Sucker for Pain

“Dying is easy. Anyone can throw themselves onto the pyre and rest a happy martyr. Enduring the suffering that comes with sacrifice is the real test.” Jay Kristoff, Stormdancer

After my last post I began thinking of the mindset parents of high needs children have.

I feel that I am a sucker for pain. Not physical, but emotional. I love all my children unconditionally, but can easily state my youngest (who is not high needs) is by far the easiest of the three. Mind you, my older two are teens on top of high needs – it’s so complicated for them, my heart breaks.

Friends ask me why I don’t go out or go out often. The simple answer is this – I’m drained. I work full-time. I had a chronic illness. I have two amazing teens who have a complicated diagnosis of emotional, behavioural, and learning issues.  I won’t call them disabilities. They are both extremely intelligent (as the assessing therapist and teachers have all agreed). That intelligence is a part of what gets them in trouble the most ironically. The know a lot of ‘stuff’ but lack the tools (emotionally, maturity wise) to utilize the information appropriately.

That’s generalizing a lot. It’s not an every day occurrence. I find that some weeks they are fan-freaking-tastic. Other weeks – I swear the world leaders opted to have them duke out WWIII in my living room. They so much as look at each other the wrong way and the battle begins.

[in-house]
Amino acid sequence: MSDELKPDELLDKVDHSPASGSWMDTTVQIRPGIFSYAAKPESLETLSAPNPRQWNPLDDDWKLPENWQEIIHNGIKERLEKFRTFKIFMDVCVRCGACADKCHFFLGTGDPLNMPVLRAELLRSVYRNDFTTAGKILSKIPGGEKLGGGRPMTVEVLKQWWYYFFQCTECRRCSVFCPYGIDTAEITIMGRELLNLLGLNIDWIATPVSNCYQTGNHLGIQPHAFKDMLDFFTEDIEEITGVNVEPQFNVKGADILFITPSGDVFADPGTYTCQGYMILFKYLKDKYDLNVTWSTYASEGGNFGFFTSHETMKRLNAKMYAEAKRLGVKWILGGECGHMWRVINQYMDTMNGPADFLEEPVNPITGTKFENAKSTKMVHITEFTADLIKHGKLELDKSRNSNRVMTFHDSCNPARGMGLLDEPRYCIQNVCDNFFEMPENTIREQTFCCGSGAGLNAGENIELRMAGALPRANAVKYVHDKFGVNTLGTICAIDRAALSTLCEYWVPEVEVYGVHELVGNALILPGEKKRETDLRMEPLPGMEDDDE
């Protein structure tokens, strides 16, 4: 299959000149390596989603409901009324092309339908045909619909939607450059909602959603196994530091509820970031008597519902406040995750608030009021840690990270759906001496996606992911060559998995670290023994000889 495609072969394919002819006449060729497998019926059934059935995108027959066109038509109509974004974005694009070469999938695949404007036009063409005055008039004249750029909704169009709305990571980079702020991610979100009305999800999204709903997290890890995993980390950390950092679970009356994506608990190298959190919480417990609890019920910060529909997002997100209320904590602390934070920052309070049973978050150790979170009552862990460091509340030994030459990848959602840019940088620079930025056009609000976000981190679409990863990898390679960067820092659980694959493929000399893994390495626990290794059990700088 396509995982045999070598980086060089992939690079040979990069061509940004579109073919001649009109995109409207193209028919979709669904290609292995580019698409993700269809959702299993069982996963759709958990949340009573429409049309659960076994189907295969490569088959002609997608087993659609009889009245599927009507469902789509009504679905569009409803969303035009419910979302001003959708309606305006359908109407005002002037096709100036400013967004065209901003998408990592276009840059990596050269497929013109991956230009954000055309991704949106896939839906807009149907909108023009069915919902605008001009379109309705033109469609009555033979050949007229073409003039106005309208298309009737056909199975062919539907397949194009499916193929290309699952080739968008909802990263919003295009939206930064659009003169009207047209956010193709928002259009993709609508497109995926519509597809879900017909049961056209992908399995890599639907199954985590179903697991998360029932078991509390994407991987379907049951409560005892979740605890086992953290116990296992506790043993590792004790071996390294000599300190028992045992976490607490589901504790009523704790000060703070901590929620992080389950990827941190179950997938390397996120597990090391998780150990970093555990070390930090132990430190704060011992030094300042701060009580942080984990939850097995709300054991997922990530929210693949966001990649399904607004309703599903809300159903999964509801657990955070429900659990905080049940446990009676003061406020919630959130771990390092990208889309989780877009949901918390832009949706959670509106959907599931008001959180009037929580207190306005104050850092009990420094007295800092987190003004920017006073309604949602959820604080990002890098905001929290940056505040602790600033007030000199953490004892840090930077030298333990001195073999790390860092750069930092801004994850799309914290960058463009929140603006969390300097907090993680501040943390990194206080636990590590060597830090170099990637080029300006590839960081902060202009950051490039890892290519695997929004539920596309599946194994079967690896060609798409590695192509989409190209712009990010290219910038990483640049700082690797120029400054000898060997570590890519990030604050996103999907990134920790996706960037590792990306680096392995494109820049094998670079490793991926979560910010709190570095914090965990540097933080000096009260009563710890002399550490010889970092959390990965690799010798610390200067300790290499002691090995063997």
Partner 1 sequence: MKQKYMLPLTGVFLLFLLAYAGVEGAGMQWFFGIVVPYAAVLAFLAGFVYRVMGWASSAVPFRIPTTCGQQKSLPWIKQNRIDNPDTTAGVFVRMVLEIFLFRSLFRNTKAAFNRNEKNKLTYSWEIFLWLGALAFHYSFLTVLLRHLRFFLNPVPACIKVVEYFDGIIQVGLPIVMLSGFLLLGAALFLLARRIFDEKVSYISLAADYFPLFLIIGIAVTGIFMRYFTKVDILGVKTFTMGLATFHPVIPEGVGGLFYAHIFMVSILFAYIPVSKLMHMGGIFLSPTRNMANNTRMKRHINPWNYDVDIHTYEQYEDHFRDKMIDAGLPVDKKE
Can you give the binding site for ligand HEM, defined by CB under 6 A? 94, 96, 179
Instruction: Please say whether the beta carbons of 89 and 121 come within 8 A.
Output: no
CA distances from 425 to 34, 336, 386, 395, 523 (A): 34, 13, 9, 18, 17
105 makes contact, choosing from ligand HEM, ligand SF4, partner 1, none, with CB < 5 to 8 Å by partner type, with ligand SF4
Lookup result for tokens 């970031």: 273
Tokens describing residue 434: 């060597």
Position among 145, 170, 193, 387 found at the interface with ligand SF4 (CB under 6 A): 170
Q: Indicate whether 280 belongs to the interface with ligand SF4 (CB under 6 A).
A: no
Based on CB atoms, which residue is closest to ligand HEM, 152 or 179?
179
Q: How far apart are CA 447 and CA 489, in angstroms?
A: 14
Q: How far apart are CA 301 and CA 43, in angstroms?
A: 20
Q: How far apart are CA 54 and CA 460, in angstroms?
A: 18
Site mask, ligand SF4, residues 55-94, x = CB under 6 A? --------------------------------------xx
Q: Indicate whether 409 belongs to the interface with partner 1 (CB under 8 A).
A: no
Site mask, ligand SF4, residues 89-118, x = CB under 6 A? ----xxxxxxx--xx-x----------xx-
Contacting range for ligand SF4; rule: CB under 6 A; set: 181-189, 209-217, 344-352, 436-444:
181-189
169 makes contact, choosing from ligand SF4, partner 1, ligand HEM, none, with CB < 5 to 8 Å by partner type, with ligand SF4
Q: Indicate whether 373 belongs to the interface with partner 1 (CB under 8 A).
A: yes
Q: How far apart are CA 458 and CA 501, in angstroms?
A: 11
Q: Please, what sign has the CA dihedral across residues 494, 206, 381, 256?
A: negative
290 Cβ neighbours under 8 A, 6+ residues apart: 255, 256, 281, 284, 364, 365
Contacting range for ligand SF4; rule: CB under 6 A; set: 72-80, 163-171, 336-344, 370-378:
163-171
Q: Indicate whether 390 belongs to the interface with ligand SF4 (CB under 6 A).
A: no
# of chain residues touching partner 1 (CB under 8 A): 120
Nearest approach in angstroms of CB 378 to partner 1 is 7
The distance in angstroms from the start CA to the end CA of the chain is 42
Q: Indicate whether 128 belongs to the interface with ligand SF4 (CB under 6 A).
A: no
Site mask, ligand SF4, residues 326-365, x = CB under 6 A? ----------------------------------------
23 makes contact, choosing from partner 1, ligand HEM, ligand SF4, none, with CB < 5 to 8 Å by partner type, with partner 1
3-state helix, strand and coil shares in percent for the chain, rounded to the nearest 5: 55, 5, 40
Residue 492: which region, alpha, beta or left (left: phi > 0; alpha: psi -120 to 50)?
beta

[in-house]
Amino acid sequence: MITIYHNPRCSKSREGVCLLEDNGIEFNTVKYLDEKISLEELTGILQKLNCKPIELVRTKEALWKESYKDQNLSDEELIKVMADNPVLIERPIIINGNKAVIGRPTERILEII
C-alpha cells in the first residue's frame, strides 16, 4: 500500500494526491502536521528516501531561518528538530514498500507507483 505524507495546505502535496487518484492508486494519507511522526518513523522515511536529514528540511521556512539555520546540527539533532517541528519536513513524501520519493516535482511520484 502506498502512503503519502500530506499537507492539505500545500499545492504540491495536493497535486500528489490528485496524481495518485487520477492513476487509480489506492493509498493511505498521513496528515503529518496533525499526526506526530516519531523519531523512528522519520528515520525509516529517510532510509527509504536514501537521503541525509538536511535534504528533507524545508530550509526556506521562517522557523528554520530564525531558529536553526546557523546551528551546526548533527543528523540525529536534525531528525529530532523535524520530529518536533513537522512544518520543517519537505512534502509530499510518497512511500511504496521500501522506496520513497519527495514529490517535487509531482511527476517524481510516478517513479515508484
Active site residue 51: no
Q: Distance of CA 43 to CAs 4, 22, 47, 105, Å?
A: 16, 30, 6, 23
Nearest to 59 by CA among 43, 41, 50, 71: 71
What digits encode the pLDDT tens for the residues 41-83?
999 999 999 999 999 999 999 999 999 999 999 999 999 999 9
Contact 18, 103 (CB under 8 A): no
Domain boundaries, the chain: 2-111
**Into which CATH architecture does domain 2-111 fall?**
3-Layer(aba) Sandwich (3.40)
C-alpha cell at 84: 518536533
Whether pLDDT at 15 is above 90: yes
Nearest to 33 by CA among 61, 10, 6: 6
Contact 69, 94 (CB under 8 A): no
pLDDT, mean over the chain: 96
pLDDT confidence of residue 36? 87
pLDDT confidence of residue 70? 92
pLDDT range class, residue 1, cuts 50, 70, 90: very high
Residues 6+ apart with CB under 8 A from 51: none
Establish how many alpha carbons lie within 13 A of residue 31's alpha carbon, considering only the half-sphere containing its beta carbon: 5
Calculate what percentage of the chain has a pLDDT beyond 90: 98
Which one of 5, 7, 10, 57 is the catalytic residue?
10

Some people say that is normal for siblings. Yes, it is – but only to a point. What I am speaking of is the extremes. The wall punching, breaking glass extremes.

“They need more hardlined consequences.” *shy* if I had a dollar for every time I heard this…well, you know the drill. I wonder, sometimes, if people actually believe I hadn’t tried everything…children with the issues my two have do NOT respond to man-made ‘normal’ consequences. They just don’t. I can tell my two year old that if he colours on the table I will take his markers away and know that the next time he will be more prudent. My teens – it never worked…never. I tried. I tried everything.

My husband is the martyr in my life – no he’s not dead. He loves my older two as his own and has always been a wonderful step-dad to them. He listens. He cares. I can’t even begin to explain how much of a good person he was and is to have taken ALL of us on knowing how many issues we have. I told him up front and was honest about it all, he still loves us. WE are deserving of love. My teens more than I can say are so deserving of that love. When they have their good weeks – as I said above – they are amazing. Helpful, kind, considerate, polite to the point I have had strangers compliment my parenting! That felt wonderful.

I didn’t really know where I was going with today’s posts. I write this blog as a coping/healing mechanism for myself. Anyone who knows me knows that I am not the most open person, but this felt right.

If you are a parent dealing with high needs children – no matter the diagnosis – know you are not alone. Your child is NOT damaged, your child is NOT disabled, your child IS worth every step, your love WILL help even in the darkest times, YOU are worth it. You’re sanity and health needs must come first though, don’t make my mistake of neglecting yourself to the point of not knowing how to get back to you. If you can’t help yourself, you will never be able to help anyone else effectively (notice I added effectively – you can help, but you will be running on empty always as I do). Love yourself and allow yourself to be loved.

Stop being a sucker for pain, and start being a lover of healing and peace. Even if you can only do that for you – the side benefit is that your child WILL by default have a better chance as you will have more patience and calm.

Lil Wayne, Wiz Khalifa & Imagine Dragons w/ Logic & Ty Dolla $ign ft X Ambassadors – Sucker for Pain

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